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New York, N.Y. 10016
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Question #115:

I have been married for nine years and live in new york city. Recently I added my wife's name to our primary residence as well as three investment properties. All of the properties were purchased several years before we married. The attorney who did the deed transfers advised me that in the event of divorce my wife would not be entitled to half the value of these properties but only half the appreciation of the property going forward. Another attorney told me i am totally screwed and would have been better off leaving her name off the deeds. Yet another attorney told me that after 10 years of marriage the court has discretion to include separate property in the equitable distribution calculation. Why are there so many varied opinions, are there not any clear cut laws.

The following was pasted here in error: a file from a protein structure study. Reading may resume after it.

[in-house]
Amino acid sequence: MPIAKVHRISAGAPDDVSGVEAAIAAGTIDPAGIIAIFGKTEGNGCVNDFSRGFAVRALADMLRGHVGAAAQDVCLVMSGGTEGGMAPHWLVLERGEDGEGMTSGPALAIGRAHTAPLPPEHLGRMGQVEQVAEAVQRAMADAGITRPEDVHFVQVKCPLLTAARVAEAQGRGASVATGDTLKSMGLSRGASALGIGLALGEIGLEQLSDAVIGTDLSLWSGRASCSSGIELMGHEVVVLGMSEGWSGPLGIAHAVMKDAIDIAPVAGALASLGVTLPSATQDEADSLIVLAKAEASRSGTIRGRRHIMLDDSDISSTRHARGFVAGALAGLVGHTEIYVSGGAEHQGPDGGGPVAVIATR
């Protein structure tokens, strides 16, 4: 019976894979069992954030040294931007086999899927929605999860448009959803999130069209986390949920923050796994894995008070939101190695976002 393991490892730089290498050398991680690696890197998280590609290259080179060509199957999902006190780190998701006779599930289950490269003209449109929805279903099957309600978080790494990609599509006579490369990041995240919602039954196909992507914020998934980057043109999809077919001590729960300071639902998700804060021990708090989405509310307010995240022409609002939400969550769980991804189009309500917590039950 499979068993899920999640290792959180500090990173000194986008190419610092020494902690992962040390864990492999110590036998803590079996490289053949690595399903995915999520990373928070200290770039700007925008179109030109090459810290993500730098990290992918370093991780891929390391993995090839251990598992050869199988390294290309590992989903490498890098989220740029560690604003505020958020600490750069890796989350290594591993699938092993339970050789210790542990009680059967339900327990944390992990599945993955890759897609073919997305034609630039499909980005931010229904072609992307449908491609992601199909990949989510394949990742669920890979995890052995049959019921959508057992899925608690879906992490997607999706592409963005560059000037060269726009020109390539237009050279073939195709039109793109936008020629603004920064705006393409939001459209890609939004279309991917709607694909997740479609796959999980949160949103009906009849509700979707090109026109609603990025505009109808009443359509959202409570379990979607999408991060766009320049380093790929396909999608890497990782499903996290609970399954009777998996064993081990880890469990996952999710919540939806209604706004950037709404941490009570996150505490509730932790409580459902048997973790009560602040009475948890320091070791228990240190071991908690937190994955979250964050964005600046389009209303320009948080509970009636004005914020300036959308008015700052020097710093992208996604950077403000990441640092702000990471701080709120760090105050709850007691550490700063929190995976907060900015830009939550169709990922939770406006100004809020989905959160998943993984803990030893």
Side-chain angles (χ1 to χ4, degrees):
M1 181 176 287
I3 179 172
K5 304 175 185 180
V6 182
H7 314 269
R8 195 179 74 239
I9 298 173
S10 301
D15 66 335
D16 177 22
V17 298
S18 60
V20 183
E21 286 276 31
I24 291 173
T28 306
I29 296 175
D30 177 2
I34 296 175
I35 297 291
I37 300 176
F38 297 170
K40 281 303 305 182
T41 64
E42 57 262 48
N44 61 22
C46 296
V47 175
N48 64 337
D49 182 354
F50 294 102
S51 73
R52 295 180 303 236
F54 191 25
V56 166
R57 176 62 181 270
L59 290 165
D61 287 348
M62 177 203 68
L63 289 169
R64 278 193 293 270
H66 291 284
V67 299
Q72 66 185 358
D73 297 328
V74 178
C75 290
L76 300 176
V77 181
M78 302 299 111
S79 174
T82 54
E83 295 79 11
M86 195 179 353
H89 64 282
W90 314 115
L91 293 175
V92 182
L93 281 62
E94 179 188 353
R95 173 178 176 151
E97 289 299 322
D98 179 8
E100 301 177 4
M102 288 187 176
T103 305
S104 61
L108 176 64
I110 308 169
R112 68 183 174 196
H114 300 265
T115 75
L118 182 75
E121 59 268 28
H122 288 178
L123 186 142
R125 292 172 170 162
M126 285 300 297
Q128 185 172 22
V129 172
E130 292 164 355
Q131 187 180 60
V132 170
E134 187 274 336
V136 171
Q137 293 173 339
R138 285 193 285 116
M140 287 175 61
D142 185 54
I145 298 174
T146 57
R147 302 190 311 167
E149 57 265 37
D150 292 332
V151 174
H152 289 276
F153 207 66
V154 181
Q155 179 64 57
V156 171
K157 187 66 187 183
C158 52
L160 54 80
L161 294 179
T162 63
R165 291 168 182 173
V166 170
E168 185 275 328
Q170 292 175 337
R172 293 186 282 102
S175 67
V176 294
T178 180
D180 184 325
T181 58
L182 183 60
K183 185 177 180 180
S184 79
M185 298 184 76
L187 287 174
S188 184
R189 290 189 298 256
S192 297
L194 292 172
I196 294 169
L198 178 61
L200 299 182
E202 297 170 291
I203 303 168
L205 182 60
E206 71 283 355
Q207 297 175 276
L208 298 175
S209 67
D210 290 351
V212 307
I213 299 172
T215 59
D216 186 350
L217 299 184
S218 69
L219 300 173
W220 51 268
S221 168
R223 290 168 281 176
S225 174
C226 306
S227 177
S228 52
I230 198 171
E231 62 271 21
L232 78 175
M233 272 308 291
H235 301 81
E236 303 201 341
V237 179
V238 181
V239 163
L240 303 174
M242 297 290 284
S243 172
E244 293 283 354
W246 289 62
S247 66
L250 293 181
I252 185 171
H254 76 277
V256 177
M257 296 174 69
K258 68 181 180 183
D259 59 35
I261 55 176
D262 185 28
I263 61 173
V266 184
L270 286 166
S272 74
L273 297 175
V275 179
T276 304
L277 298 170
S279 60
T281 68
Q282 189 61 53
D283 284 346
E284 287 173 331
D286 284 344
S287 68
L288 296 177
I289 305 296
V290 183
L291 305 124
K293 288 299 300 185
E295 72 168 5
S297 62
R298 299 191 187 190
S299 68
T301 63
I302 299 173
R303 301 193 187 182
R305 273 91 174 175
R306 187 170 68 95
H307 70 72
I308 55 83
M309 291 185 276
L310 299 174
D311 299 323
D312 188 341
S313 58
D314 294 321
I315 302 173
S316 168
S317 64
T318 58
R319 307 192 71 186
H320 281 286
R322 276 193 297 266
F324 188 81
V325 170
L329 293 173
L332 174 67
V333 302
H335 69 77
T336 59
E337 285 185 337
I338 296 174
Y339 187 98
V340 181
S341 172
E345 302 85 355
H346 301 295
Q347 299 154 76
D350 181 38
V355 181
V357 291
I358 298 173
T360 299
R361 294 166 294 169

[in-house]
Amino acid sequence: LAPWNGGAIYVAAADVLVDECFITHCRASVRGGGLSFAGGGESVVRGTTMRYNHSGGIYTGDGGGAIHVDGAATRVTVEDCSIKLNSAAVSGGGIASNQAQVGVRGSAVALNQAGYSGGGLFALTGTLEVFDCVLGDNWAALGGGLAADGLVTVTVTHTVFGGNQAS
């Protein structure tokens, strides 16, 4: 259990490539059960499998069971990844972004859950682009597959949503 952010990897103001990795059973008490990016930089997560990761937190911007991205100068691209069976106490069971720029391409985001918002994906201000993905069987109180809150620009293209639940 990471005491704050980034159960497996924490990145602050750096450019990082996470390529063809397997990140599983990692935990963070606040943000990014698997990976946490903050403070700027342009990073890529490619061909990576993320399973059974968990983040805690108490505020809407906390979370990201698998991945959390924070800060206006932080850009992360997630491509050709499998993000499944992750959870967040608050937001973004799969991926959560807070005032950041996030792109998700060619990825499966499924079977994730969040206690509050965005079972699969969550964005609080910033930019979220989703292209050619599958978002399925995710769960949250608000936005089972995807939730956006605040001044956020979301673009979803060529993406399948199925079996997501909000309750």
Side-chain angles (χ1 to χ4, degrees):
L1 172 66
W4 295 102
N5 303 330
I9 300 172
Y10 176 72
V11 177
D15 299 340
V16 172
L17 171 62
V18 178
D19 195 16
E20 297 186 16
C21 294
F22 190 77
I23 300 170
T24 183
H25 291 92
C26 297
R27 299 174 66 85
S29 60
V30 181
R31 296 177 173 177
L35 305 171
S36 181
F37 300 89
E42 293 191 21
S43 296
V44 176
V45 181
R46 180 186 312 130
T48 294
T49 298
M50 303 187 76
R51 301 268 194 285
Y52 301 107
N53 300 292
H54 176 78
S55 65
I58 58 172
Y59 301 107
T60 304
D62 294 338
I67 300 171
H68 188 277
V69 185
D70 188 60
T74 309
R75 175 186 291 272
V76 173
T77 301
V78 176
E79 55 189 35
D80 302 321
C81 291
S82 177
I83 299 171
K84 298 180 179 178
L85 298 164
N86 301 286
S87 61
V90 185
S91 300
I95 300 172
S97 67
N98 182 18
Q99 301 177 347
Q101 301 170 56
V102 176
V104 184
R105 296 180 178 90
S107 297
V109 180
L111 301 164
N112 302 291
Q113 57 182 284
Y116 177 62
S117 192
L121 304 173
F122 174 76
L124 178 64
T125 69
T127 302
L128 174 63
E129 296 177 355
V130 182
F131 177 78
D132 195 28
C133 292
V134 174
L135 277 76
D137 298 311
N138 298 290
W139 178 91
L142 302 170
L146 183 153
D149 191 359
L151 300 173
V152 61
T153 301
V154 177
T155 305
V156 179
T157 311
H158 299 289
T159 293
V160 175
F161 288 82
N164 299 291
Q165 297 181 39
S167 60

Generally, property acquired prior to the marriage is separate property, and not marital property,

and would not be subject to equitable distribution. However, since you added your wife's name to the deed,

you have in fact provided her a gift of one-half of the property and she may now claim that she is a titled

owner. Had you left just your name on the property, then she may have claimed an interest in the appreciated value of the property if in fact you had some role in increasing that value. The third opinion, in which you state that after 10 years of marriage the court has discretion to include separate property in the calculation of equitable distribution, is incorrect. However, when it comes to child support or spousal support, the court can take into consideration all of the assets owned by the individual in determining what those support requirements will be.

If you are located in the New York City area, please call me at 212-370-1660 to discuss the matter at greater length.

Leonard M. Weiner, Esq./Divorce Solutions

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